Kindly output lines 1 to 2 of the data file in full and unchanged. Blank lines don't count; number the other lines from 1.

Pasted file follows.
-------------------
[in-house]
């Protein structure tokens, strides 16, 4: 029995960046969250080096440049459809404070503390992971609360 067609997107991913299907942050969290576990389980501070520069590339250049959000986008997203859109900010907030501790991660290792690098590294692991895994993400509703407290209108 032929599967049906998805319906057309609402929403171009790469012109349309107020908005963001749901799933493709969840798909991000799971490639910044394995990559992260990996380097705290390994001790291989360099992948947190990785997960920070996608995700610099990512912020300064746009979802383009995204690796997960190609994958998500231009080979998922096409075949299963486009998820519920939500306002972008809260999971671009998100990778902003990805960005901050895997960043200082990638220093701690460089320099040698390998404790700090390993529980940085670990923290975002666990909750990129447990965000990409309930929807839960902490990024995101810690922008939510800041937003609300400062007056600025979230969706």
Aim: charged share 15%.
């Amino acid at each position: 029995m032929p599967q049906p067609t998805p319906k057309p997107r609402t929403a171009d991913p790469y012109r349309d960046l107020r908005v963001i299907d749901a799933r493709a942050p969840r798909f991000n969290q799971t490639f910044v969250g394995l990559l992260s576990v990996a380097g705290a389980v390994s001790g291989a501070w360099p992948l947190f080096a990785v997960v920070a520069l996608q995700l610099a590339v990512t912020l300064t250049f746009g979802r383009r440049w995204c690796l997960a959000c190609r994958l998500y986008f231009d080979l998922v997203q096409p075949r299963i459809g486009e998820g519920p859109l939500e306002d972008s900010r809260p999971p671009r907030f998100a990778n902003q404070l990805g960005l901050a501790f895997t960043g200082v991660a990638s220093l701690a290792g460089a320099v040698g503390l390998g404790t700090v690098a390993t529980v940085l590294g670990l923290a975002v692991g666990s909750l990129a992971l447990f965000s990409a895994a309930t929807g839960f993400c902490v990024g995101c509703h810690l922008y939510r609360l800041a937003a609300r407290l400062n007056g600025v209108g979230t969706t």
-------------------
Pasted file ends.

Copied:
[in-house]
């Protein structure tokens, strides 16, 4: 029995960046969250080096440049459809404070503390992971609360 067609997107991913299907942050969290576990389980501070520069590339250049959000986008997203859109900010907030501790991660290792690098590294692991895994993400509703407290209108 032929599967049906998805319906057309609402929403171009790469012109349309107020908005963001749901799933493709969840798909991000799971490639910044394995990559992260990996380097705290390994001790291989360099992948947190990785997960920070996608995700610099990512912020300064746009979802383009995204690796997960190609994958998500231009080979998922096409075949299963486009998820519920939500306002972008809260999971671009998100990778902003990805960005901050895997960043200082990638220093701690460089320099040698390998404790700090390993529980940085670990923290975002666990909750990129447990965000990409309930929807839960902490990024995101810690922008939510800041937003609300400062007056600025979230969706």